National Marine Fisheries Service Expands Right Whale Critical Habitat in Alaska
On Sept. 26, the National Marine Fisheries Service (NMFS) announced a revision of the Endangered North Pacific right whale critical habitat in Alaska, expanding the protected area for the species. This update comes after a petition, initially filed March 10, 2022, was put forth by the Center for Biological Diversity and Save the Pacific Right Whale.
Upon receiving the petition, NMFS is required under Federal Law to conduct a review of the petition, evaluate the best available information and then decide to move forward with the designation of new critical habitat. The last instance of a critical habitat designation for the North Pacific right whale under the Endangered Species Act (ESA) was in 2008 for 37,000 square miles in the Gulf of Alaska and Bearing Sea.
After reviewing the petition and best available information, NMFS agreed with the petitioners and is now determining how to expand the critical habitat of the North Pacific right whale. NMFS will revise critical habitat by analyzing available acoustic detections, sightings and relevant habitat data. After it evaluates the best available information, NMFS will announce a proposed rule that is open for public comment.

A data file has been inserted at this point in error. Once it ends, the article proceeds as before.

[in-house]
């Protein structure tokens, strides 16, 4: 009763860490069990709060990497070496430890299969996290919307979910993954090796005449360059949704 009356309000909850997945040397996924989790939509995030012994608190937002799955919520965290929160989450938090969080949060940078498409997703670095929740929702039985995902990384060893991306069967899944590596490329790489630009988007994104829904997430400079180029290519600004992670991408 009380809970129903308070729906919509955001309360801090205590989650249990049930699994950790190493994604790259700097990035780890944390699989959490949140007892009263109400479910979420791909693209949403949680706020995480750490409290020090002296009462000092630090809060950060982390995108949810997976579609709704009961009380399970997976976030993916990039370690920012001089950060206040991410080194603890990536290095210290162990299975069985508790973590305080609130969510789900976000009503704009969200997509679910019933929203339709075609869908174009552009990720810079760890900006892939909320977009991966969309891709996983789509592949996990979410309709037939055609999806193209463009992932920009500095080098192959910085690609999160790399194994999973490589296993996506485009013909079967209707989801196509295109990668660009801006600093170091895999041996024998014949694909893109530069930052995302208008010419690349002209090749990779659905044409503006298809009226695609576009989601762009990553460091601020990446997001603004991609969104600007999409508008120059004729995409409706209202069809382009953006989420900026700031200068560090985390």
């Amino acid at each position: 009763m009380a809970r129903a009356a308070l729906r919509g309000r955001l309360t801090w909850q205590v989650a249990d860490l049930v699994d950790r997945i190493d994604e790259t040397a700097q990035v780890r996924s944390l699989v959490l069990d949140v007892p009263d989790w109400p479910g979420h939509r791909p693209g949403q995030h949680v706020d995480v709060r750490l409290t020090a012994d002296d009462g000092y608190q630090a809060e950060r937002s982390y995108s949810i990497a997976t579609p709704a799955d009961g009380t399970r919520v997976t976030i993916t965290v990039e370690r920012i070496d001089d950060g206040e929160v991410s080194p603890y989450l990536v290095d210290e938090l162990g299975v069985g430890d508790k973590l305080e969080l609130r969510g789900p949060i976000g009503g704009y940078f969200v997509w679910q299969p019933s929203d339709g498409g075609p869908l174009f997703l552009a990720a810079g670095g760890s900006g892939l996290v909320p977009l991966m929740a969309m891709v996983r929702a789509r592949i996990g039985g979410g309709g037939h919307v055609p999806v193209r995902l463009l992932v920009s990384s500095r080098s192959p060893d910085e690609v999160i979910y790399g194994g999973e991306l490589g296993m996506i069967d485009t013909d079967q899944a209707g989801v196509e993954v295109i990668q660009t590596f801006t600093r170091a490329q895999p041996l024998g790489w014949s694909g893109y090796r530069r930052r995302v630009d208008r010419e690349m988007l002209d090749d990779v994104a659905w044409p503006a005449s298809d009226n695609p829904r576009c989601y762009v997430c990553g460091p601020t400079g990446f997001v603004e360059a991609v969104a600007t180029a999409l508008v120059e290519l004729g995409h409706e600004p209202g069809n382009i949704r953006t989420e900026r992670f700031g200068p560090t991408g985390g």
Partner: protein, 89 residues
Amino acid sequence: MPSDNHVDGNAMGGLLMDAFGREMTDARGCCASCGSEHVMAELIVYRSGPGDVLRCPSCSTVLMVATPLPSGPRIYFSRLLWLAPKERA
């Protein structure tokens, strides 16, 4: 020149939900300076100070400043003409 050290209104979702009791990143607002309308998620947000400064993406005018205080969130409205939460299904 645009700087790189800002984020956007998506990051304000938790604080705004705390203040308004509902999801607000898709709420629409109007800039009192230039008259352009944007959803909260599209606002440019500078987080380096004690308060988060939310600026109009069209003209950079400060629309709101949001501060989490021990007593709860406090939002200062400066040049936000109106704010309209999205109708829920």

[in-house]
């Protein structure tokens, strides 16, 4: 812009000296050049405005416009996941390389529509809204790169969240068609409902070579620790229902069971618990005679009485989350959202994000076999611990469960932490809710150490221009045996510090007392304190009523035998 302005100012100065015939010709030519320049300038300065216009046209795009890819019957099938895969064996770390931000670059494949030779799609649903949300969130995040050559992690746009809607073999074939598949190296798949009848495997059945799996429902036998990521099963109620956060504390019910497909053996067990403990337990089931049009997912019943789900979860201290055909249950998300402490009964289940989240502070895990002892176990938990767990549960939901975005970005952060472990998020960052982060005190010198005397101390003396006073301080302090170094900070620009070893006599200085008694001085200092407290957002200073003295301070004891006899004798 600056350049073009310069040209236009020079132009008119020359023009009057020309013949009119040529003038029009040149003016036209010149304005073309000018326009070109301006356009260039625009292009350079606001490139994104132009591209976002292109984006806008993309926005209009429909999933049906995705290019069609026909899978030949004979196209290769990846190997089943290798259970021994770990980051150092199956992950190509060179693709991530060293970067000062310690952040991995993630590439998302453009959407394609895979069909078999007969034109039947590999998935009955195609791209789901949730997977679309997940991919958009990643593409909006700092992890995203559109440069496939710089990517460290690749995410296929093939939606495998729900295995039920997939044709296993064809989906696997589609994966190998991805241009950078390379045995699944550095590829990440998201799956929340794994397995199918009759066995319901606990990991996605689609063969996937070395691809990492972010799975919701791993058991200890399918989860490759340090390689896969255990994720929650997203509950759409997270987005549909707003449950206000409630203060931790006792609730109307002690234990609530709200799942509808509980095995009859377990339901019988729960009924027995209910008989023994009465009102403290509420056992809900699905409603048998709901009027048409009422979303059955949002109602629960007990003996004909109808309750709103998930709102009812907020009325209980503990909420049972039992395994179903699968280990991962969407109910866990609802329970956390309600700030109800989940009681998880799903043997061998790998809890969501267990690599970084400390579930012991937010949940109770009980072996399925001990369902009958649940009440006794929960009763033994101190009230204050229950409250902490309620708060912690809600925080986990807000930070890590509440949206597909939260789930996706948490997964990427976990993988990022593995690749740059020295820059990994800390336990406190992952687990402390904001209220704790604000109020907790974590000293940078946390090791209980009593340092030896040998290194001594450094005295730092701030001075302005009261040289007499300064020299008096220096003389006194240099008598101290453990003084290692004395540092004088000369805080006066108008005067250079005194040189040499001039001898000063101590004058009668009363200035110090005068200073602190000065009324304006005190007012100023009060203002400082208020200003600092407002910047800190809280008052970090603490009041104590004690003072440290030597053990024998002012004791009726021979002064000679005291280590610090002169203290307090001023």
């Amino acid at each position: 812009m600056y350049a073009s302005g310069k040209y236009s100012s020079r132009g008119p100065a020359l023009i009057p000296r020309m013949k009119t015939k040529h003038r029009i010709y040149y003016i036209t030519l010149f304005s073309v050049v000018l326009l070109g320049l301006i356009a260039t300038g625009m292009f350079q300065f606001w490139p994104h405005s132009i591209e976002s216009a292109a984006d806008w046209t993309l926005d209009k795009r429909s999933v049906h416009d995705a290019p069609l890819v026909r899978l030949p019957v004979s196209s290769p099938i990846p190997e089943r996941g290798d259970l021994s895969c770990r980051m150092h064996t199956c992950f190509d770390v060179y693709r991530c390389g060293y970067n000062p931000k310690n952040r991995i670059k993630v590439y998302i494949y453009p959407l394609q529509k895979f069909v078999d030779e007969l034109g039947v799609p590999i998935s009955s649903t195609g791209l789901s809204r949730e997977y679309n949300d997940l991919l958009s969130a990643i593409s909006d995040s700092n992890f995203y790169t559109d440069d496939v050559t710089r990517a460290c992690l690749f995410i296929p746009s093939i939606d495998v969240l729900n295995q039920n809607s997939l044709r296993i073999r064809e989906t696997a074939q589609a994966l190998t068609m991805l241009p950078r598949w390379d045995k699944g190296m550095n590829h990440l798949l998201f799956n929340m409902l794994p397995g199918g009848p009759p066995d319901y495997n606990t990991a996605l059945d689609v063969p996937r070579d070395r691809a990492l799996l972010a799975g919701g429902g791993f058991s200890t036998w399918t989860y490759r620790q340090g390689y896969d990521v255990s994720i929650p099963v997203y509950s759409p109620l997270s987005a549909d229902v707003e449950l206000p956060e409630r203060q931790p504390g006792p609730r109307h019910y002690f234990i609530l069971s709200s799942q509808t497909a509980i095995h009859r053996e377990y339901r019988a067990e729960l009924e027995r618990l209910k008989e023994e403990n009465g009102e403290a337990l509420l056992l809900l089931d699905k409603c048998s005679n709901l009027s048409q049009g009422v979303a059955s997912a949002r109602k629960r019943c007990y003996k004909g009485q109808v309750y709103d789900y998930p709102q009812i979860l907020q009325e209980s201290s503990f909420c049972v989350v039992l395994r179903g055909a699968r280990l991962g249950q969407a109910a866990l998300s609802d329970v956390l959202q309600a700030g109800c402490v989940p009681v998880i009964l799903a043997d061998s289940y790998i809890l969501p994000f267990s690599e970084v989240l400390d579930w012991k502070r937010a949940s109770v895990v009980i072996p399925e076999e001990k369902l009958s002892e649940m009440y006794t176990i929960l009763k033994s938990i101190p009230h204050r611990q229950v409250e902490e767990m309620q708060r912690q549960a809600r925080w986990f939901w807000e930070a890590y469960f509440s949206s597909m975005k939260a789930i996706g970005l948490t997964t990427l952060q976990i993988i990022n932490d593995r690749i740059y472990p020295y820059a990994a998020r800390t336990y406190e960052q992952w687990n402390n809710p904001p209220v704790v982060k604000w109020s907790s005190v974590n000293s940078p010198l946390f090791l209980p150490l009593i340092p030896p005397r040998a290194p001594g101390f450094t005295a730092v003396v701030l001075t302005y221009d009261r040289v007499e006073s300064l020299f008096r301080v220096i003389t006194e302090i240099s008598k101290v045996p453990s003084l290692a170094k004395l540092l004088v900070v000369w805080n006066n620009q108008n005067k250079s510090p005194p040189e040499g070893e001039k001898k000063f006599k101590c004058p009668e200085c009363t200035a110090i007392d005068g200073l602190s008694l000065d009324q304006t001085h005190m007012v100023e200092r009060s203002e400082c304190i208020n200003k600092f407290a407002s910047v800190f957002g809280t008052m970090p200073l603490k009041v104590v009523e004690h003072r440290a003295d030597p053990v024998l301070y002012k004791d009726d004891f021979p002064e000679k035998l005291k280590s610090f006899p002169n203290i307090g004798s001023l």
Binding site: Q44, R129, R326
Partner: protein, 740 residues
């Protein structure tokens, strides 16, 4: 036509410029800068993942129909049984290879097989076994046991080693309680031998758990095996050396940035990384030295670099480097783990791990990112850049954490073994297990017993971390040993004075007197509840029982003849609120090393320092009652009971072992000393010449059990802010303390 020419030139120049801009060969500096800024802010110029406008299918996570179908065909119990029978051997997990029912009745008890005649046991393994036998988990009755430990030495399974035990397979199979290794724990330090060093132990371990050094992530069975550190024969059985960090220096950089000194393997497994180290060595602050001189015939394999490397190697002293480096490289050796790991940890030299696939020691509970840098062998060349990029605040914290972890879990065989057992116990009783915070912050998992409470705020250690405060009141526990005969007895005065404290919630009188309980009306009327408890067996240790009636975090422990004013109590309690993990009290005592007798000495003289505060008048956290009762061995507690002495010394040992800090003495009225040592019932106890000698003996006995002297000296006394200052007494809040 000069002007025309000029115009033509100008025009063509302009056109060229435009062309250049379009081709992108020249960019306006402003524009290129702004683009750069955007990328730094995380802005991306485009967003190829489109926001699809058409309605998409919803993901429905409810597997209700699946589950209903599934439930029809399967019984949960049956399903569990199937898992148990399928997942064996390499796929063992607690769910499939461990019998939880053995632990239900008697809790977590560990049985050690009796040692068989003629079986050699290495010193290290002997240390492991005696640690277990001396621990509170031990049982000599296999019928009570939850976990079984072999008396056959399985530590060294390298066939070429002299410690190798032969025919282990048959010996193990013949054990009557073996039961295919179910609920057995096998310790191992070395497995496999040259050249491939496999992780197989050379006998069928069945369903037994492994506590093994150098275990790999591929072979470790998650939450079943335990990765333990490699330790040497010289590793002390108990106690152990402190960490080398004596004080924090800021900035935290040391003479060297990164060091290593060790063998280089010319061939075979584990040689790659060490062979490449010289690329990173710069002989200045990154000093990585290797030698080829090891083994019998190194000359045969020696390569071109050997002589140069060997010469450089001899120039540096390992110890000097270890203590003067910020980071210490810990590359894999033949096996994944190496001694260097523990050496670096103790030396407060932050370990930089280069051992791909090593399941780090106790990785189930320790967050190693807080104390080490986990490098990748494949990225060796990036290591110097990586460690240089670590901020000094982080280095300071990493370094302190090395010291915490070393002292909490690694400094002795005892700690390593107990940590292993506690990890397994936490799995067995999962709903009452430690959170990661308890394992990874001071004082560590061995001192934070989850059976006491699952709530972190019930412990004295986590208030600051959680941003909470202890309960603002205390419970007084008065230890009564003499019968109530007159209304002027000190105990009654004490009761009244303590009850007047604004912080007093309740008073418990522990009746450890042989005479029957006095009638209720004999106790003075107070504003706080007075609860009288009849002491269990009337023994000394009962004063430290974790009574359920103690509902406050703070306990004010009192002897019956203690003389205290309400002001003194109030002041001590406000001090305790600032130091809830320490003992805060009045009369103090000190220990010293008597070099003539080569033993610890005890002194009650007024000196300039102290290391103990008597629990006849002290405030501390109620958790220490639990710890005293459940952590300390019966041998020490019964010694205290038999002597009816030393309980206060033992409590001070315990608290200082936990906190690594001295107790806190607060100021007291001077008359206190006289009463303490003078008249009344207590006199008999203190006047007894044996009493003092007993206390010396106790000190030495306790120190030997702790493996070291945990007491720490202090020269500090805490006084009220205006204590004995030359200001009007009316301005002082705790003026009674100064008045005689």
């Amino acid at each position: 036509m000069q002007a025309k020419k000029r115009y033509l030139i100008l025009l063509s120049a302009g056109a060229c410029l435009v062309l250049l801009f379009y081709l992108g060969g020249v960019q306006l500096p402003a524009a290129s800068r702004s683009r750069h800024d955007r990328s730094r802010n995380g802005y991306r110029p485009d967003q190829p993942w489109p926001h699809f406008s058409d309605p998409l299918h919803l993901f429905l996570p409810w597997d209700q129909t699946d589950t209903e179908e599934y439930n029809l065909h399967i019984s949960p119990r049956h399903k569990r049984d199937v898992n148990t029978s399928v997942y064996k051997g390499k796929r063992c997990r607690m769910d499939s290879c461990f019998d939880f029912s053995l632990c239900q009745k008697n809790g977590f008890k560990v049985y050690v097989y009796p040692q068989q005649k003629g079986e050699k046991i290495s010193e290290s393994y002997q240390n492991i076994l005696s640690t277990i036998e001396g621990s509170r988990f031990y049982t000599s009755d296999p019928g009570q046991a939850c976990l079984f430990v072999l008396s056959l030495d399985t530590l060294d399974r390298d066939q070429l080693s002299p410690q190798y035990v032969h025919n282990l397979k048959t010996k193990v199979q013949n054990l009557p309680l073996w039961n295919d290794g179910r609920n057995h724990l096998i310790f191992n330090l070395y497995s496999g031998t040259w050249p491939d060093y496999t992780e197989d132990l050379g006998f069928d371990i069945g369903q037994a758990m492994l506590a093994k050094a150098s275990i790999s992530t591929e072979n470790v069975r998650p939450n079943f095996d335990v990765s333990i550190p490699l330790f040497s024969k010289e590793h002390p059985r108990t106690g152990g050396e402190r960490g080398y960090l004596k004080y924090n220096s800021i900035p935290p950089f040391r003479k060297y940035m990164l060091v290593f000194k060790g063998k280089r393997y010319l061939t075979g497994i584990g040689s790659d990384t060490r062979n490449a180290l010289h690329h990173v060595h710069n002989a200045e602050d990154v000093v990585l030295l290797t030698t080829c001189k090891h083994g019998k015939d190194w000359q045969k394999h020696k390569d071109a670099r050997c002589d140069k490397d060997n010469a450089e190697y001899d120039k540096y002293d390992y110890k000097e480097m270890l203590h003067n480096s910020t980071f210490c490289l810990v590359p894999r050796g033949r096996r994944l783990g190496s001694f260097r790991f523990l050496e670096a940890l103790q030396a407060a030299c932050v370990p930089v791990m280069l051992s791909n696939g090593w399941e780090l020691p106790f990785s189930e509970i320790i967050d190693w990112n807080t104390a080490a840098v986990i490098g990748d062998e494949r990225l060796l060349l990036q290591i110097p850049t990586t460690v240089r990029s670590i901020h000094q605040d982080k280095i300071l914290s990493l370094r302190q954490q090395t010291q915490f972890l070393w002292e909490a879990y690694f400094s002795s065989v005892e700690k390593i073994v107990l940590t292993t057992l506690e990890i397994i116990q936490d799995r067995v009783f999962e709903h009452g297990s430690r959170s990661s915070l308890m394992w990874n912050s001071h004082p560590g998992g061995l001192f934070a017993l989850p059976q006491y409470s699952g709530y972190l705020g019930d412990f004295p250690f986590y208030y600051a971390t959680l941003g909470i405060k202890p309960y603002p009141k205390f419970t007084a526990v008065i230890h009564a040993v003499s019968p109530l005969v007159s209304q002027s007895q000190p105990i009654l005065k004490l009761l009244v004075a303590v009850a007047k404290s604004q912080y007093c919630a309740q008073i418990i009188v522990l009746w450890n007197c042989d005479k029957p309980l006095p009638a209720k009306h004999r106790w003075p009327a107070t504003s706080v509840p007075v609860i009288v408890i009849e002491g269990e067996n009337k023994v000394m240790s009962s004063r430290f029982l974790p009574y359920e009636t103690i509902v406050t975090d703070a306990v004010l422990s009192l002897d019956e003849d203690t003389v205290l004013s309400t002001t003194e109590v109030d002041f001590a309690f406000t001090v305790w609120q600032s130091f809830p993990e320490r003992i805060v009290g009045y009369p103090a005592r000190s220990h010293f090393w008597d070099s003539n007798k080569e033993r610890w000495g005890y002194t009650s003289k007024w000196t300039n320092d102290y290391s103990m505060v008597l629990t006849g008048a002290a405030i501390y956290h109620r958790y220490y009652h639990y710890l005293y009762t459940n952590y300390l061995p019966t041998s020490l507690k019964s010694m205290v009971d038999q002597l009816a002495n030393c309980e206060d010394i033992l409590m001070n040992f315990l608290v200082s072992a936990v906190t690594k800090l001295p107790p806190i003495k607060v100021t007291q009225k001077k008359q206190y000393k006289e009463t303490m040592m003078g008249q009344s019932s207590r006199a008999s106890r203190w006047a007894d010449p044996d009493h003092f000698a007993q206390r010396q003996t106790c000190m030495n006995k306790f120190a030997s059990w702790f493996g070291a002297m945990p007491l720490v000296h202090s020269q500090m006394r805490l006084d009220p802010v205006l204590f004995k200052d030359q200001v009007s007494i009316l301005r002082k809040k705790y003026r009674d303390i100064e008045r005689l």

This proposal is significant to marine retailers and the recreational boating community because it may now allow vessel speed restrictions to spread to the West Coast. Currently, the National Oceanographic and Atmospheric Administration (NOAA) and NMFS are in the process of expanding a vessel speed zone for boats 35 feet and longer along the East Coast to protect the endangered North Atlantic right whale. The proposed speed zone would create a massive restriction to access for recreational boaters while harming recreational boating businesses and coastal communities along the Eastern Seaboard.
The map above highlights the proposed East Coast right whale Vessel Speed zone. Learn more about the proposed North Atlantic right whale vessel speed rule.